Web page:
Everything seemed nice and steady until the company matured enough to adopt a status page in November of 2022. After some internal discussions we’ve adopted Betteruptime by Betterstack (another alternative was Statuspage by Atlassian) - this topic in itself may also deserve a blog post. It became quite clear within days that the main page was quite unstable. For minutes, colossyan.com could become unreachable, and it was due to mostly DNS errors.
It has been found out later that the WordPress integration was never disabled, and the managed WordPress provided by Dreamhost automatically tried to override the root domain DNS records that we configured to point at our webflow deployment. After disabling the managed WordPress the problem got resolved. Look at our status page since then - incredible.
When Colossyan reached the critical mass and started thriving, more and more domain-related requests were coming from the organization. Requests like:
- I have integrated the managed billing solution, could you please add the 220.127.116.11 A DNS record to the billing.colossyan.com subdomain?
- Marketing: can you please fix the DMARC records so that the mails sent to the customer won’t end up in the Spam folder?
- Can you please add the DNS record ASAP? Only you have the credentials to the domain portal.
Keeping in mind DevOps best practices, we’ve started brainstorming ways to support these configuration changes in a more secure, easier and controlled way. Obviously we don’t need to come up with anything brand new - we needed GitOps to control these changes.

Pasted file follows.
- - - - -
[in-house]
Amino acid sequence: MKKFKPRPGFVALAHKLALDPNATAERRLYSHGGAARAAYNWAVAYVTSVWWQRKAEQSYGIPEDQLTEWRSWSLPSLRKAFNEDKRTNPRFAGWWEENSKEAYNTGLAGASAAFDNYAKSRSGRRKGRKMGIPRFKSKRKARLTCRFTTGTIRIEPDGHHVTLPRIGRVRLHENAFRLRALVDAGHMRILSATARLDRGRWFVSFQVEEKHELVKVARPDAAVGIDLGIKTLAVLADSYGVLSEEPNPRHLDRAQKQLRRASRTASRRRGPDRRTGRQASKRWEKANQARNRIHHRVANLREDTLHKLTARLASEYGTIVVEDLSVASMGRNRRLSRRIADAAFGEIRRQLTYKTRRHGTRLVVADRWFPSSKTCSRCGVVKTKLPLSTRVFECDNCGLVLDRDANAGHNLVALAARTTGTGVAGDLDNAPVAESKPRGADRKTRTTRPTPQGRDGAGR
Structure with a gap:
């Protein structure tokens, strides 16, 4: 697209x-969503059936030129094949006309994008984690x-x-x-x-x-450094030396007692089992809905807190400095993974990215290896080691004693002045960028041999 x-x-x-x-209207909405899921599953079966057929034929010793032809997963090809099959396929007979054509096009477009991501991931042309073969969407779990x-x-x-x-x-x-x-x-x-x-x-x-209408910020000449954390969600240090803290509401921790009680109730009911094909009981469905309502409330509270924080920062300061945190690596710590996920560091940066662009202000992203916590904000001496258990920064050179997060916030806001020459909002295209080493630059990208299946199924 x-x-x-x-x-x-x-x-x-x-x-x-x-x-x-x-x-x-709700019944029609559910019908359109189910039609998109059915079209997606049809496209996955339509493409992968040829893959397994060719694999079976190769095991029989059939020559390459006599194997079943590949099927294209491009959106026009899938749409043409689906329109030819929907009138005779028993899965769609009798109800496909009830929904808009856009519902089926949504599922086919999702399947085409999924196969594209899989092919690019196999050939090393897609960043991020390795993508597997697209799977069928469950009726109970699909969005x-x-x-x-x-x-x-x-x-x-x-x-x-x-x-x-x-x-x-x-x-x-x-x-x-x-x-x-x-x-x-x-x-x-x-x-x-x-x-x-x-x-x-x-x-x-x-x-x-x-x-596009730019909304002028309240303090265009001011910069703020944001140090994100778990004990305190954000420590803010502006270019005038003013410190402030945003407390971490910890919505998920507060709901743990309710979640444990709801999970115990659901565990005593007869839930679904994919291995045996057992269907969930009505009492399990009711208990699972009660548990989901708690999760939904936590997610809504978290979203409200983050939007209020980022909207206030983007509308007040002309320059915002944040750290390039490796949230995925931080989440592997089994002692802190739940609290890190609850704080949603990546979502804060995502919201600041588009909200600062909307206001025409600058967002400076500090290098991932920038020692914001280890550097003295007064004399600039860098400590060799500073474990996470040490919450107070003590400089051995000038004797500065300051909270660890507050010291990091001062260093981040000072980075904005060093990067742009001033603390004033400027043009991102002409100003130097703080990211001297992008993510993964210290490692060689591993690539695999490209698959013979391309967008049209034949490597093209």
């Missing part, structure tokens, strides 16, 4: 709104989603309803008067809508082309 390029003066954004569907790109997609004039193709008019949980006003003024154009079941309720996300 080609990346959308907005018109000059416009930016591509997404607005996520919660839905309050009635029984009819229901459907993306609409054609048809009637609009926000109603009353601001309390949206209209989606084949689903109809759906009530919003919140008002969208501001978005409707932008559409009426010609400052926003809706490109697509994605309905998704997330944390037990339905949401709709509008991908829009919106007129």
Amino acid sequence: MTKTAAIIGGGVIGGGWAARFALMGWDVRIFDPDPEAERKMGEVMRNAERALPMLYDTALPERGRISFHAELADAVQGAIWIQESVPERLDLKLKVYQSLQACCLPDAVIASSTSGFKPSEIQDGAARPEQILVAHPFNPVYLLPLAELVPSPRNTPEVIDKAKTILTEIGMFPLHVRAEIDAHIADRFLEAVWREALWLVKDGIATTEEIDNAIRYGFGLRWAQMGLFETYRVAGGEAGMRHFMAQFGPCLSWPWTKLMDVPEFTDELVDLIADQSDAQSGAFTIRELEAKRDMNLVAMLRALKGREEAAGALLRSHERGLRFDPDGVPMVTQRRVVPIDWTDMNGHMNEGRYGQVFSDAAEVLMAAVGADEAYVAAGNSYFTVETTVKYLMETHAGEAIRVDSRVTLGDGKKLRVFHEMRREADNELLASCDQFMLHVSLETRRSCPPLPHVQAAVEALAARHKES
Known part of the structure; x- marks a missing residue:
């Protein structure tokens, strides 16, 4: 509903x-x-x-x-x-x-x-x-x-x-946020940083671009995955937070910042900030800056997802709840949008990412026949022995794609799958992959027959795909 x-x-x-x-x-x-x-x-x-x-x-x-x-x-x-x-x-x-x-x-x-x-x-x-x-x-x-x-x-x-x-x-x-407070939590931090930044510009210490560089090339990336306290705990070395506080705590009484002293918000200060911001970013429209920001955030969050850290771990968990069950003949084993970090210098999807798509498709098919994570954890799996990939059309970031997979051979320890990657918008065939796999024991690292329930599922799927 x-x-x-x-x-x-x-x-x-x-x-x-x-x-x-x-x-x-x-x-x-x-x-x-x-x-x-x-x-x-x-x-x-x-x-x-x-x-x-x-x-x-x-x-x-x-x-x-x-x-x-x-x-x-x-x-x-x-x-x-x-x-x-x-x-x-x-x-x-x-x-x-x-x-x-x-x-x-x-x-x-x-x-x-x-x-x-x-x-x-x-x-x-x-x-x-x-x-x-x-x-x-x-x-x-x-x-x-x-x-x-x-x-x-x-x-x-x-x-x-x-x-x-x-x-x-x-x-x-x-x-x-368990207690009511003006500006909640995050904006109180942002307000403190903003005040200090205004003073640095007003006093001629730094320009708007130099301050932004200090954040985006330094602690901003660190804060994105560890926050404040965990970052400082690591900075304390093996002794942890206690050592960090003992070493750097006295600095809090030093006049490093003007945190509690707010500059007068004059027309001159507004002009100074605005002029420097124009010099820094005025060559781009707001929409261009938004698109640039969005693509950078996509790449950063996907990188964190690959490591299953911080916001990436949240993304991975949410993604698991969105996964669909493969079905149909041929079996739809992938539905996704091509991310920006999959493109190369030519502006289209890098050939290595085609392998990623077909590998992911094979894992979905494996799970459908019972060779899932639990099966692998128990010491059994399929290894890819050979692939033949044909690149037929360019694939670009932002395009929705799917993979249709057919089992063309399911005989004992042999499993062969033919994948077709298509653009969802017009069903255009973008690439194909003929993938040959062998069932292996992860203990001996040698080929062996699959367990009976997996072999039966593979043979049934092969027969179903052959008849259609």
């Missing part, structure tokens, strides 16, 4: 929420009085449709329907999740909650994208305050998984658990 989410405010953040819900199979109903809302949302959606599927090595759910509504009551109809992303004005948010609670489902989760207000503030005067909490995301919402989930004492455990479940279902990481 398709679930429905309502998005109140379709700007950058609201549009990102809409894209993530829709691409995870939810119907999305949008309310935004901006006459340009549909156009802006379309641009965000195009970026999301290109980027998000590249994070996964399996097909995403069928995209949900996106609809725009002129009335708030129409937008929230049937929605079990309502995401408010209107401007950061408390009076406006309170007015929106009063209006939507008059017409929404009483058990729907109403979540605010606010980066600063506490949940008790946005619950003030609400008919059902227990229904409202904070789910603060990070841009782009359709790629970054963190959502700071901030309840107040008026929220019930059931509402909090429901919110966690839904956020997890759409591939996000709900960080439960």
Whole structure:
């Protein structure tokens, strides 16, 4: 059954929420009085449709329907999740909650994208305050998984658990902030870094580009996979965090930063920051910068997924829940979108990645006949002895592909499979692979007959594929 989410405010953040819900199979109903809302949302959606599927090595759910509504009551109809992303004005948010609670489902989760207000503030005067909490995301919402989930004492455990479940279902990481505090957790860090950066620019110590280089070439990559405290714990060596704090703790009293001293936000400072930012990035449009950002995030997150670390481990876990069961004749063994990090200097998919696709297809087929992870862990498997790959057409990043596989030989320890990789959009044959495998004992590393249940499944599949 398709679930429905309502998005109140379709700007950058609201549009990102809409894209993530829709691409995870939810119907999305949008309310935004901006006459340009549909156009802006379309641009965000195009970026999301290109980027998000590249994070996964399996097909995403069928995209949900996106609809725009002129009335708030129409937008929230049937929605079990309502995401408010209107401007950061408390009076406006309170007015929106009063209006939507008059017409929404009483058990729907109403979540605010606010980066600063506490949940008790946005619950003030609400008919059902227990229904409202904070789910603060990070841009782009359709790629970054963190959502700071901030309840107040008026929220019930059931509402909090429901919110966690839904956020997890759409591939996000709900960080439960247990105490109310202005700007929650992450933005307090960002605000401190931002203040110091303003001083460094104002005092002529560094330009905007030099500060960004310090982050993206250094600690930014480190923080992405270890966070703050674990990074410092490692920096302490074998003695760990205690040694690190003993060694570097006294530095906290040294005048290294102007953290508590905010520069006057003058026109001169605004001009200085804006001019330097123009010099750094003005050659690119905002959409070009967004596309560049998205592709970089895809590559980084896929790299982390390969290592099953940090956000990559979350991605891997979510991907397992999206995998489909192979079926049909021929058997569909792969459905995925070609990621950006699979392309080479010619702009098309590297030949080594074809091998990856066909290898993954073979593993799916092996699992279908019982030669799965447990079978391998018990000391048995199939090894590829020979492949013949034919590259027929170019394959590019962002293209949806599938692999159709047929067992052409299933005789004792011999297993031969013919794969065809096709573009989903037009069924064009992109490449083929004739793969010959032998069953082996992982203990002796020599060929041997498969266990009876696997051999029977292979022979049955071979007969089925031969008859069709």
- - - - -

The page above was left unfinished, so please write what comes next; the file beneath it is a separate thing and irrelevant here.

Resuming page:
- Changing something in the UI is inherently error-prone. Copy-pasting the content of the record from Slack is not life insurance. -> Declarative
- Even in a team of two we sometimes got confused whose responsibility was to do the changes and what was the current state of the DNS records. -> Versioned and immutable
- Only one person in the team had the credentials, which was passed around when needed -> continuously reconciled
For a second we obviously thought about creating a DNS manager component, but since there’s already a buzzword for what I wanted to implement, let’s go with a well established GitOps tool: Terraform. (We’ve already been using Terraform for a while, Pulumi would also be a great choice).
We have implemented the Dreamhost Terraform provider in May 2023 within 2 days. The provider is already used to manage our DNS records for all of our subdomains.
Implementing your own TF provider is also a very fun activity, would definitely recommend doing it.
As you can see, Dreamhost came with a price that we’re still paying today, however, we are in owe for being a flexible provider to start with and enabled the company in day 0 to iterate rapidly.
As for the future, you might ask, why not just migrate to a hosting solution that already has a Terraform plugin or has an extensive documentation? The answer is yes, that’s actually in our roadmap, and we will definitely want to make that step, but we’re not in a hurry now.